After World War II there were basically only two widely practiced ways of heating dwellings, either by a stove in each room or by central heating with steam or hot water passing through radiators. In some regions they also used night-storage electric heaters taking advantage of the cheaper rates for power at night.
By the early-1970s, however, underfloor heating (ufh) with hot water started spreading from Switzerland, Austria and Germany whereas electrical systems (foils in Spain, cables elsewhere) never got far beyond a dismal 5 percent market share.
Only after the breakthrough made by plastic pipes did ufh become one of the most widely used systems. In Germany copper pipes can occasionally be found in ufh, but their share is negligible and so is hot air and electric radiators. In Germany hydronic ufh with plastic pipe has reached 70 percent in houses and around 30 percent in apartments. In southern Europe ufh's breathtaking rise is fed by those countries' habit of tiled floors.
Plastic pipes started off with diameters of 20 mm and more (still 25 mm for outdoor use in ramps etc). A combination of energy-saving legislation and improved insulation has brought a steady reduction in diameters to the present average of 14 mm with 12 and even 10 mm already showing on the horizon.
The original PP has been mostly displaced by PEX as the material of choice while PB (remember Shell/Celanese?) remains marginal. It has become quite common to mix ufh with radiator systems in the same building (example: ufh on the ground floor/living area and rads in bedrooms upstairs) but baseboard has not succeeded.
Plastic pipes in hydronic heating are plagued by a common and recurring scourge -- they are not oxygen-proof. This has led pipes to be coated with an oxygen diffusion barrier. Oxygen can be absorbed into the water stream through the pipe wall and cause havoc in the boiler if a tiny metal particle has been left in the system by a careless plumber. Pinhole perforation is the undesirable consequence.
The recently improved welding of ever thinner aluminum foils for multilayer pipe, which is oxygen-proof by nature, helps ordinary PEX to be displaced in ufh, too, as it makes the multilayer pipe more pliable and Uponor's position as European market leader more unassailable.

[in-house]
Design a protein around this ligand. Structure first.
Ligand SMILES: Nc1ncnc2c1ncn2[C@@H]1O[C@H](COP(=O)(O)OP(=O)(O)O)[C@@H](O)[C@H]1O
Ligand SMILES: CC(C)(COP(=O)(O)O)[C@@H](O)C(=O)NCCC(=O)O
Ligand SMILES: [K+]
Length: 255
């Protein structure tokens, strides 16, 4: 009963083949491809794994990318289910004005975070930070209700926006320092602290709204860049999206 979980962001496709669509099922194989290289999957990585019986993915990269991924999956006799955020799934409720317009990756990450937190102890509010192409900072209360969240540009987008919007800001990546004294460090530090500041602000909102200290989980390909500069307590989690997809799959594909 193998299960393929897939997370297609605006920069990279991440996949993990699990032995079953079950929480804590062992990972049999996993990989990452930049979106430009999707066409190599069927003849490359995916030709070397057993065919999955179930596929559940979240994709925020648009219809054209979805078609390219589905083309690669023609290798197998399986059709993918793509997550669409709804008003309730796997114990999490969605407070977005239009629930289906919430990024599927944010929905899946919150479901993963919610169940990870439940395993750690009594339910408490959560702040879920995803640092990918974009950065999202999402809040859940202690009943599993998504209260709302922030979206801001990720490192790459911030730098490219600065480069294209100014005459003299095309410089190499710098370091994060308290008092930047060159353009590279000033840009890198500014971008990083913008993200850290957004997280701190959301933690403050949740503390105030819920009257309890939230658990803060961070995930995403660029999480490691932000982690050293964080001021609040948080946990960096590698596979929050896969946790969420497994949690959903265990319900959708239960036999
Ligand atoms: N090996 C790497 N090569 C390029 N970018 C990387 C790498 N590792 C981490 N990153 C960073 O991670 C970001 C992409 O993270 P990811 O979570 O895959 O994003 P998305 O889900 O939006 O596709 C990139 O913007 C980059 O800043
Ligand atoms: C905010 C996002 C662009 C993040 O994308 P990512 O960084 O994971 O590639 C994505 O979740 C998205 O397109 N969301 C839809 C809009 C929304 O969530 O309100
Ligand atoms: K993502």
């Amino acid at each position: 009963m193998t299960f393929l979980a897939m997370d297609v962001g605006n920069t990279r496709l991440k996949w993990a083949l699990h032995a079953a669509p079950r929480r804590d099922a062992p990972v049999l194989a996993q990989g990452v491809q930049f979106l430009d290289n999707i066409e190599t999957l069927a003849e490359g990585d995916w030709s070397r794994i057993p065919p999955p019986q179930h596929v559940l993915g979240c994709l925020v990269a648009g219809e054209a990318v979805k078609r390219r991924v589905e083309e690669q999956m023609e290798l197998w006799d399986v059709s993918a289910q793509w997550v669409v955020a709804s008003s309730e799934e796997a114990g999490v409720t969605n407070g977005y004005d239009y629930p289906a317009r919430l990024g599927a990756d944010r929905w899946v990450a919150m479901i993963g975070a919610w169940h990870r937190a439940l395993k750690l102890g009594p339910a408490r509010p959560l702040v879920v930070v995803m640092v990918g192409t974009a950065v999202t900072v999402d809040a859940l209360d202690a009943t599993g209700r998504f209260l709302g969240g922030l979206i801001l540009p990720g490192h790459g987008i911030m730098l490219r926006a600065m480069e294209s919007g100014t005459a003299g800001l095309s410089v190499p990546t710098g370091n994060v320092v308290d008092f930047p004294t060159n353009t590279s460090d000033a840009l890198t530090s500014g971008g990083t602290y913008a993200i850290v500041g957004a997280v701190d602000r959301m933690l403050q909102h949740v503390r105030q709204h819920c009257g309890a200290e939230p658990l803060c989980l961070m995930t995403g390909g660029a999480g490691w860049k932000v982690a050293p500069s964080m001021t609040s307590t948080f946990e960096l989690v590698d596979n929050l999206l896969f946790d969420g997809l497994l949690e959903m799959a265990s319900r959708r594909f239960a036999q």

European DifferencesDifferent to North America, radiator heating and ufh are independent of the heat source and the energy used. Boiler manufacturers do not normally recommend the use of any particular heating system or pipe and neither would they have any in their product range. Heating in Europe is routinely supplied by "systems companies" who pick the components for their heating systems from the market and assemble ready-to-install packages, complete with guarantees and instructions. They train the plumbers and supply the specifiers with the software to provide the plumbers with individually designed and calculated projects, complete with materials list, drawings etc.
In Germany, large systems companies such as Polytherm, Roth and Velta, have expanded their reach throughout Europe, and in France the major pipe manufacturers (e.g. Acome, Alphacan) have become systems companies themselves.
Hydronic heating systems are the most widely used by far in Europe and on the rise in the British Isles and Scandinavia. Therefore, in marketing it is never much of a question whether to promote hydronic systems in new buildings, but rather a question of which of the umpteen well-established hydronic systems to promote. Regional usage may influence the prevalence of radiators over ufh, or vice versa, much more than that of hydronic over electrical heating.
As a result, suppliers of ufh and other forms of hydronic heating have teamed up into trade associations (similar to your Radiant Panel Association) with the aim of promoting the benefits of their particular systems over others.
An increasing cost burden has prompted manufacturers to align more closely with systems companies, witness Velta belonging to Wirsbo, Polytherm to Hewing, and both Wirsbo and Hewing being part of the Uponor Group, which, in turn, is poised to become one of the world's biggest pipe manufacturer. Similar examples from other European markets abound.
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